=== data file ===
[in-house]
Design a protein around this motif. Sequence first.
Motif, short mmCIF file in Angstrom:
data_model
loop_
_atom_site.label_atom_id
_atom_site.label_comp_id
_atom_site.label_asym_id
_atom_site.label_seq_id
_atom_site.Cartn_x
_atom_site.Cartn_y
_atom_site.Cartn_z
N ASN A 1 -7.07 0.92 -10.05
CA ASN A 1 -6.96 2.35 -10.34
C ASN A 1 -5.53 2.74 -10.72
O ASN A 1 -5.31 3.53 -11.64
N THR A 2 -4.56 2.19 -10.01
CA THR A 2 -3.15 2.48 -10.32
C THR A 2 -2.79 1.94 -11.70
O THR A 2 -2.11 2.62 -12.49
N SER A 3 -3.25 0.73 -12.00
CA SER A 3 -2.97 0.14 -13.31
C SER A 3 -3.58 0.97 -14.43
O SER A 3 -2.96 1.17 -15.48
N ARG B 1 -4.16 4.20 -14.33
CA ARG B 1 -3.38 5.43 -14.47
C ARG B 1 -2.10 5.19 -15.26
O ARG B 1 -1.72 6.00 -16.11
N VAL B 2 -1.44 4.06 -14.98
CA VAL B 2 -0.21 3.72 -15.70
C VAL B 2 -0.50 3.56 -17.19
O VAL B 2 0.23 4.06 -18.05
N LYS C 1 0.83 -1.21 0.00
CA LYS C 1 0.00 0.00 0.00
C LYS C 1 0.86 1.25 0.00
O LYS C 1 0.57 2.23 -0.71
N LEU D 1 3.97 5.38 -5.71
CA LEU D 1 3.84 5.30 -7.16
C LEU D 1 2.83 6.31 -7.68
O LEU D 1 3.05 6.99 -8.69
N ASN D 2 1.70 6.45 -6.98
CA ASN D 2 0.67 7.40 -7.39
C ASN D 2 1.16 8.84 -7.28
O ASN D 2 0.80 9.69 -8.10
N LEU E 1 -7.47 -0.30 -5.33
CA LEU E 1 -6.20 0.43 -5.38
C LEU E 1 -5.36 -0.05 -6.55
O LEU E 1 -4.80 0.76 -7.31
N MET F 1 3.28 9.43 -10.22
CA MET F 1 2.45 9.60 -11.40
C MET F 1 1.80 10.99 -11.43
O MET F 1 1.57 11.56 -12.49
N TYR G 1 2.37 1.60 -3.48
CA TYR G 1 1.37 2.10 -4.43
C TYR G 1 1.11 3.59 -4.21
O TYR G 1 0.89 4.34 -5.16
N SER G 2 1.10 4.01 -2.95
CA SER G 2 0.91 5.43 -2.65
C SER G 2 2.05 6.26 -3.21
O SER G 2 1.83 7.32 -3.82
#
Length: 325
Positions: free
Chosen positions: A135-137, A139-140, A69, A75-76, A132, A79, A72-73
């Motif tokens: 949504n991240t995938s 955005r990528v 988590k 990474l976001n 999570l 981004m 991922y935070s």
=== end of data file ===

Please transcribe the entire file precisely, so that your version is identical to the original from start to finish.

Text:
[in-house]
Design a protein around this motif. Sequence first.
Motif, short mmCIF file in Angstrom:
data_model
loop_
_atom_site.label_atom_id
_atom_site.label_comp_id
_atom_site.label_asym_id
_atom_site.label_seq_id
_atom_site.Cartn_x
_atom_site.Cartn_y
_atom_site.Cartn_z
N ASN A 1 -7.07 0.92 -10.05
CA ASN A 1 -6.96 2.35 -10.34
C ASN A 1 -5.53 2.74 -10.72
O ASN A 1 -5.31 3.53 -11.64
N THR A 2 -4.56 2.19 -10.01
CA THR A 2 -3.15 2.48 -10.32
C THR A 2 -2.79 1.94 -11.70
O THR A 2 -2.11 2.62 -12.49
N SER A 3 -3.25 0.73 -12.00
CA SER A 3 -2.97 0.14 -13.31
C SER A 3 -3.58 0.97 -14.43
O SER A 3 -2.96 1.17 -15.48
N ARG B 1 -4.16 4.20 -14.33
CA ARG B 1 -3.38 5.43 -14.47
C ARG B 1 -2.10 5.19 -15.26
O ARG B 1 -1.72 6.00 -16.11
N VAL B 2 -1.44 4.06 -14.98
CA VAL B 2 -0.21 3.72 -15.70
C VAL B 2 -0.50 3.56 -17.19
O VAL B 2 0.23 4.06 -18.05
N LYS C 1 0.83 -1.21 0.00
CA LYS C 1 0.00 0.00 0.00
C LYS C 1 0.86 1.25 0.00
O LYS C 1 0.57 2.23 -0.71
N LEU D 1 3.97 5.38 -5.71
CA LEU D 1 3.84 5.30 -7.16
C LEU D 1 2.83 6.31 -7.68
O LEU D 1 3.05 6.99 -8.69
N ASN D 2 1.70 6.45 -6.98
CA ASN D 2 0.67 7.40 -7.39
C ASN D 2 1.16 8.84 -7.28
O ASN D 2 0.80 9.69 -8.10
N LEU E 1 -7.47 -0.30 -5.33
CA LEU E 1 -6.20 0.43 -5.38
C LEU E 1 -5.36 -0.05 -6.55
O LEU E 1 -4.80 0.76 -7.31
N MET F 1 3.28 9.43 -10.22
CA MET F 1 2.45 9.60 -11.40
C MET F 1 1.80 10.99 -11.43
O MET F 1 1.57 11.56 -12.49
N TYR G 1 2.37 1.60 -3.48
CA TYR G 1 1.37 2.10 -4.43
C TYR G 1 1.11 3.59 -4.21
O TYR G 1 0.89 4.34 -5.16
N SER G 2 1.10 4.01 -2.95
CA SER G 2 0.91 5.43 -2.65
C SER G 2 2.05 6.26 -3.21
O SER G 2 1.83 7.32 -3.82
#
Length: 325
Positions: free
Chosen positions: A135-137, A139-140, A69, A75-76, A132, A79, A72-73
């Motif tokens: 949504n991240t995938s 955005r990528v 988590k 990474l976001n 999570l 981004m 991922y935070s």